Here's a question for you: Who are your most important business partners? Which ones bring significant value to your company? Is it your top suppliers? Your top dealers? Your product distributors? OK, how many answered "my customers"? What role do they play in the value-creation process? If it's not significant, and you haven't altered your infrastructure to account for such a role, then your ability to compete in the future could be threatened.
That's a sentiment that renowned management strategist C.K. Prahalad has been voicing for several years. I first became familiar with Prahalad's provocative ideas about how consumers are becoming the types of business collaborators whom he believes have as much to contribute to the value creation of a company as the company itself when he and Venkat Ramaswamy, his colleague at the University of Michigan, wrote an article for InformationWeek in April 2000. There was hype and rhetoric about the so-called "new economy" swirling around then, but there also was a clear indication to these professors that a transformation of the industrial system was under way, albeit largely unnoticed.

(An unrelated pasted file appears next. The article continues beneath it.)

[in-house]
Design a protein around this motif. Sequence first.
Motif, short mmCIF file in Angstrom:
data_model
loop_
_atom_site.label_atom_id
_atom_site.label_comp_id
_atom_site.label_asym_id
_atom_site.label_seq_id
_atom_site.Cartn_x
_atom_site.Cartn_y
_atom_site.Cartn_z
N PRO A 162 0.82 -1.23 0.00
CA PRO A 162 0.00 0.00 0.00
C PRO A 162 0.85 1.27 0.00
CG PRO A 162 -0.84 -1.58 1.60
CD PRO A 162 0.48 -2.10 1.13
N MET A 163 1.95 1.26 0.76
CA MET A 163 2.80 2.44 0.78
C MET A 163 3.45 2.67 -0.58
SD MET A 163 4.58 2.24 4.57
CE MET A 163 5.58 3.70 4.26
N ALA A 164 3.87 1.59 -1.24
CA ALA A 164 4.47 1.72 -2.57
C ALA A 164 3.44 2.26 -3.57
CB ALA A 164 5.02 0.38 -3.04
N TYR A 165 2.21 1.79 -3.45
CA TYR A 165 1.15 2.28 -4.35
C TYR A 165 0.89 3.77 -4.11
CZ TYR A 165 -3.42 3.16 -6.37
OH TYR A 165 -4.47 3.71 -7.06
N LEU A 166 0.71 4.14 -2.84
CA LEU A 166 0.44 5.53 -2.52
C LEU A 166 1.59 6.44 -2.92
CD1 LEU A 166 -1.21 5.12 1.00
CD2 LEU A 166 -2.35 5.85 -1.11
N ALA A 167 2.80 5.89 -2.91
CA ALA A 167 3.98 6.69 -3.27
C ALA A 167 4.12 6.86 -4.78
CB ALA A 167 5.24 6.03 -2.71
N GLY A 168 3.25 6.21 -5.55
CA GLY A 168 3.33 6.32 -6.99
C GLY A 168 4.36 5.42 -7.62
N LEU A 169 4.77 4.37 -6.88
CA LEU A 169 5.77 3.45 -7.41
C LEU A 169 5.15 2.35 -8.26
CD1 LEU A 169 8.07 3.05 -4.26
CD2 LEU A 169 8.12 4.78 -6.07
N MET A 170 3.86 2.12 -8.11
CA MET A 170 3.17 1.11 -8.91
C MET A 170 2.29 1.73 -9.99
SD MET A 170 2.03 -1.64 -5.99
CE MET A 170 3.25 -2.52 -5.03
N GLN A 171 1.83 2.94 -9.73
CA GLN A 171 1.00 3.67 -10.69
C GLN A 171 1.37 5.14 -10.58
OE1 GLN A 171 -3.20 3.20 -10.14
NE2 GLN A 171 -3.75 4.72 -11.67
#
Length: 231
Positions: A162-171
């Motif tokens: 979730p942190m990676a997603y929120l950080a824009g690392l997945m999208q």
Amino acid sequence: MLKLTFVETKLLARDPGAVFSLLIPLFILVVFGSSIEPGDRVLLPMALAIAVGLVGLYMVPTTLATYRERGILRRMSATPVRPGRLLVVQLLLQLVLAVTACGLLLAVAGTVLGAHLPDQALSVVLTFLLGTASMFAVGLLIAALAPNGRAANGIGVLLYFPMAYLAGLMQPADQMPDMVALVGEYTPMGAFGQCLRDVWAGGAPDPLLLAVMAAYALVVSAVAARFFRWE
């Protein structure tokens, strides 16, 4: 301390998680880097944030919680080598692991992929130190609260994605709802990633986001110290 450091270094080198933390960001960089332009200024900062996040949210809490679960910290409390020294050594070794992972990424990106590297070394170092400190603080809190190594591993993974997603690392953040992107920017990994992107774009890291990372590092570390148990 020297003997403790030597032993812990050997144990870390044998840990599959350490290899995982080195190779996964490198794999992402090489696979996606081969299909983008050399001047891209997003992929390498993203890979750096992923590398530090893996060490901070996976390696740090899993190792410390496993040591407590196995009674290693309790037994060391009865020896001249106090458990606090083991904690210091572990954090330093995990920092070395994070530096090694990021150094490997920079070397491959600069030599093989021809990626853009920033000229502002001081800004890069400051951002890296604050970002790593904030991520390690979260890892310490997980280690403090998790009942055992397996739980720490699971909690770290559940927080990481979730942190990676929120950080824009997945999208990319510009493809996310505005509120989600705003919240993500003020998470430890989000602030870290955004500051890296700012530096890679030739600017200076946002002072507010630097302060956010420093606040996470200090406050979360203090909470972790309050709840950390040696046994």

Prahalad, who is a valuable member of InformationWeek's Editorial Advisory Board, and his colleague spent several years researching how the role of the consumer is moving from "passive buyer" to "active participant," the results of which will be detailed in their book, The Future Of Competition: Co-Creating Unique Value With Customers, to be published in February by Harvard Business School Press. The authors also will share their views on co-creating value and the role of IT in enhancing the effectiveness of line-of-business managers in the January issue of Optimize, so stay tuned.
The Business of Going DigitalDigital business isn't about changing code; it's about changing what legacy sales, distribution, customer service, and product groups do in the new digital age. It's about bringing big data analytics, mobile, social, marketing automation, cloud computing, and the app economy together to launch new products and services. We're seeing new titles in this digital revolution, new responsibilities, new business models, and major shifts in technology spending.
What The Business Really Thinks Of IT: 3 Hard TruthsThey say perception is reality. If so, many in-house IT departments have reason to worry. InformationWeek's IT Perception Survey seeks to quantify how IT thinks it's doing versus how the business views IT's performance in delivering services - and, more important, powering innovation. The news isn't great.